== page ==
By Miriam Raftery
August 24, 2012 (San Diego) – Last week, San Diegans for Open Government sued San Diego’s Supervisors for apparent Brown Act violations at a June 26 meeting.
Now, the group has sent a letter requesting a cure for yet another alleged Brown Act violation--this time at the August 8 meeting, when Supervisors announced resignation of Chief Administrative Officer Walt Ekard and went into a closed session to choose an appointment with no public notice or input.
The letter contains a firm warning: “please note that each of you may be criminally prosecuted under Government Code Section 54959 for your participation in the closed-session meeting if you intended to deprive the public of information that you had reason to know the public was entitled to have.”
Dated August 14, the letter from attorney Cory J. Briggs asks Supervisors to cure the violation within 30 days of receipt, then strongly hints that haste is in order. “Note, however, that my client may sue before receiving your response.”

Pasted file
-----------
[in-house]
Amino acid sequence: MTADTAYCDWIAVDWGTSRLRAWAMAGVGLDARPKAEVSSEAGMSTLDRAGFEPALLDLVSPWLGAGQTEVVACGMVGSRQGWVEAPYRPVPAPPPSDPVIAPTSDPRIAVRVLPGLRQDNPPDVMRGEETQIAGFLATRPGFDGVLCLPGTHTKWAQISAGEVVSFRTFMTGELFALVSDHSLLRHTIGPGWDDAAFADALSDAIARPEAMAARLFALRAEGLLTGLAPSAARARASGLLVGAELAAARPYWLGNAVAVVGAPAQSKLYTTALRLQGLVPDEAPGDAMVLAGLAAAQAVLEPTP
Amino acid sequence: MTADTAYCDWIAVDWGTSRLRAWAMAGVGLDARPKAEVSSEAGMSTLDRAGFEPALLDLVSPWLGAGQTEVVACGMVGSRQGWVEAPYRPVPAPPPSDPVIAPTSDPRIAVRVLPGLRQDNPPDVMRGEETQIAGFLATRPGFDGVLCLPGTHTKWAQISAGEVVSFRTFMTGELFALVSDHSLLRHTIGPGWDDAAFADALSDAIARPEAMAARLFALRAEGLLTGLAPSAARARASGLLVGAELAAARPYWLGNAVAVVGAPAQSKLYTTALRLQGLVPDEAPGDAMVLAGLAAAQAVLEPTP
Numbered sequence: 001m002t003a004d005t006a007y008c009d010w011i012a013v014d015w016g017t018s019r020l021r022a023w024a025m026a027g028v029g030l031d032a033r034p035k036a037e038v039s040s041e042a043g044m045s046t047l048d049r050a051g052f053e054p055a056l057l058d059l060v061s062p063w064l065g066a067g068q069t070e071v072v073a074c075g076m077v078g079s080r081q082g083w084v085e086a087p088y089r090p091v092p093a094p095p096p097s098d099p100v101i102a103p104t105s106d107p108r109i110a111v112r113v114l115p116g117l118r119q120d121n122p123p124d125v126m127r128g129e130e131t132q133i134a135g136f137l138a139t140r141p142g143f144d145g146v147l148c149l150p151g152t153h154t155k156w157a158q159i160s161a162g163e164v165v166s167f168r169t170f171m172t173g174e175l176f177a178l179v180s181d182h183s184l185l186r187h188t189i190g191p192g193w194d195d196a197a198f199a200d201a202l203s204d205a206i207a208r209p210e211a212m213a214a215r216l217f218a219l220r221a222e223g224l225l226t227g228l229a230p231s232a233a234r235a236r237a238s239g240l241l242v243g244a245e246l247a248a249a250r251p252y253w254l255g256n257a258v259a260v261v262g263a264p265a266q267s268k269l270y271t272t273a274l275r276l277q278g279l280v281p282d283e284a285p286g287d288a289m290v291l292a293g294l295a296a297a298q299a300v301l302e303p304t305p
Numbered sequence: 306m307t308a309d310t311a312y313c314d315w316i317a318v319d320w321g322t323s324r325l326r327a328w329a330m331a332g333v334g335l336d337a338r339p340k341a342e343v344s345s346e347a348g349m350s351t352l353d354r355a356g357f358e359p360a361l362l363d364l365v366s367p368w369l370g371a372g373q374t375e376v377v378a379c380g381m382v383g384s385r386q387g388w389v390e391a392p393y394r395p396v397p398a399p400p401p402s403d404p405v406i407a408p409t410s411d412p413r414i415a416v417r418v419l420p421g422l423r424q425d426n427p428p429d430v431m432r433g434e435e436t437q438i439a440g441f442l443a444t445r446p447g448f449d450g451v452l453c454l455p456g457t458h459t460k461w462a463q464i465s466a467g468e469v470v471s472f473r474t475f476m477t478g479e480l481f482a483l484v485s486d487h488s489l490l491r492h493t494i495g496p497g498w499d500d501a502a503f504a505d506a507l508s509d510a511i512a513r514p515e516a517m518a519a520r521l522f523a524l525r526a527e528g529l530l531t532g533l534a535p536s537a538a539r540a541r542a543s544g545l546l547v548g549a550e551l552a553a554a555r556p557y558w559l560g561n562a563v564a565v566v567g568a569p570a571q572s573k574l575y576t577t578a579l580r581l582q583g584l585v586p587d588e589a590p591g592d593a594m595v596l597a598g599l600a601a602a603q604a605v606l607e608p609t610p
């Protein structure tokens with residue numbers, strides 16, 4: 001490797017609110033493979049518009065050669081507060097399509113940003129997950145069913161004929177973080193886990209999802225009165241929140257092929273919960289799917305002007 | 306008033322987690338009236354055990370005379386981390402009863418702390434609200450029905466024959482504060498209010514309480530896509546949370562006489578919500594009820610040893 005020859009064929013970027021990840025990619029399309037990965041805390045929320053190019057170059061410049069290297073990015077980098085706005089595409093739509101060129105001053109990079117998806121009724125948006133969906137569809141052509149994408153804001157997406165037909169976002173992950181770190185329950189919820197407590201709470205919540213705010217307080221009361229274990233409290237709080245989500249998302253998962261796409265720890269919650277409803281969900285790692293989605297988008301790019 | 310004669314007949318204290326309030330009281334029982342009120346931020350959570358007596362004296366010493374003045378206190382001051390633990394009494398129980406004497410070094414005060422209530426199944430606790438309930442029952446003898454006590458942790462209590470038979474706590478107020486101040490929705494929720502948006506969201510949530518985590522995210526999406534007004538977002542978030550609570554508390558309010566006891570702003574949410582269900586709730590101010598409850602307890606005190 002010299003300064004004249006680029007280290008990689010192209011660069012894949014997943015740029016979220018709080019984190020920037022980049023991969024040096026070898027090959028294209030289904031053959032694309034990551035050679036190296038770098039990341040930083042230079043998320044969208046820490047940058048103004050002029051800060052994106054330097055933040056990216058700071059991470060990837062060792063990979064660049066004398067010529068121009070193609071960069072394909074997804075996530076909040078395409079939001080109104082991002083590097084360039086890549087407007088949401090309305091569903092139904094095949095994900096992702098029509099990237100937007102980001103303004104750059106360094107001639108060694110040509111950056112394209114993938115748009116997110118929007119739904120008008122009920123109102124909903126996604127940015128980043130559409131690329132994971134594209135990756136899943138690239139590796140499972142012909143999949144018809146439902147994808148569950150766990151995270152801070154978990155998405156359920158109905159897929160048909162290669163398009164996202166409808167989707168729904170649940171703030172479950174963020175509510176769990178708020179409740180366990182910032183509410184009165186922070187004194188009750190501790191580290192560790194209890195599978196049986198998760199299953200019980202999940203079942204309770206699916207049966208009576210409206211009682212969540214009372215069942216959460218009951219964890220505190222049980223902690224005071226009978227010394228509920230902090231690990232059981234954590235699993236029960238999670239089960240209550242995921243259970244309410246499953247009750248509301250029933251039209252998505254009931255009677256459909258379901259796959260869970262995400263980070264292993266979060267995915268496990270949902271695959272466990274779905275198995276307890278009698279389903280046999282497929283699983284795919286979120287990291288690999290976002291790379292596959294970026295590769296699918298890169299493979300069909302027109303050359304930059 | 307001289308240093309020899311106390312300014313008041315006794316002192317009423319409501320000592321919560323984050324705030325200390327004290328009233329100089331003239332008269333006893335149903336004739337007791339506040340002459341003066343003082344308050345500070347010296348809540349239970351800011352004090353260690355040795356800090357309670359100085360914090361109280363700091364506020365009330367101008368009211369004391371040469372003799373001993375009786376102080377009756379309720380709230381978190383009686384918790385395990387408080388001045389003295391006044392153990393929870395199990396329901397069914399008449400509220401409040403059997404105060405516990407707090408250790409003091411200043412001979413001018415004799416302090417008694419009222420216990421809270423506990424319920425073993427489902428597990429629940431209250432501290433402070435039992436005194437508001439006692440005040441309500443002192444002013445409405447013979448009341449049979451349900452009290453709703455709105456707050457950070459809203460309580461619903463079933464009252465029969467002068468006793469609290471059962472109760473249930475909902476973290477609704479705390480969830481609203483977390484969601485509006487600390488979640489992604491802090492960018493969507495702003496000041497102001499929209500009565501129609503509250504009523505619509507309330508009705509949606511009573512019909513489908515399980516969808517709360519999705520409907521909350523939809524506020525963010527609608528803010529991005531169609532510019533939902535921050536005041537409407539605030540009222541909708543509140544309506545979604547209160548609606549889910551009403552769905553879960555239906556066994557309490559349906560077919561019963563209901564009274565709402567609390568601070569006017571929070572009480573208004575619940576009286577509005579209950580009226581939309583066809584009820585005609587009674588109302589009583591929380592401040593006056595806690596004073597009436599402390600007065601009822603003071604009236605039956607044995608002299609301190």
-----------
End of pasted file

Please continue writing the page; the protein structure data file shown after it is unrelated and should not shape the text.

The June 26 Brown Act violations centered around agendas not posted with the required advance notice and agendized item documents not available online. Similar allegations were raised earlier in the yet, when Supervisors faced yet another lawsuit over failure to provide adequate notice when voting on Red Tape Reduction Task Force recommendations to eliminate planning groups.
The County Chief Administrative officer is responsible for “implementing the policy directives of the Board of Supervisors and managing the day-to-day operations and function of County government,” according to the County website.
It’s ironic that Supervisors have sought to hand-pick a new County Administrative Officer, when what’s clearly needed for the job is a watchdog--not a lapdog--to assure that County Supervisors to comply with open government laws.
How many more tabs for lawsuits must taxpayers pick up before our Supervisors learn how to follow the same law that they require all other County boards and commissions to follow?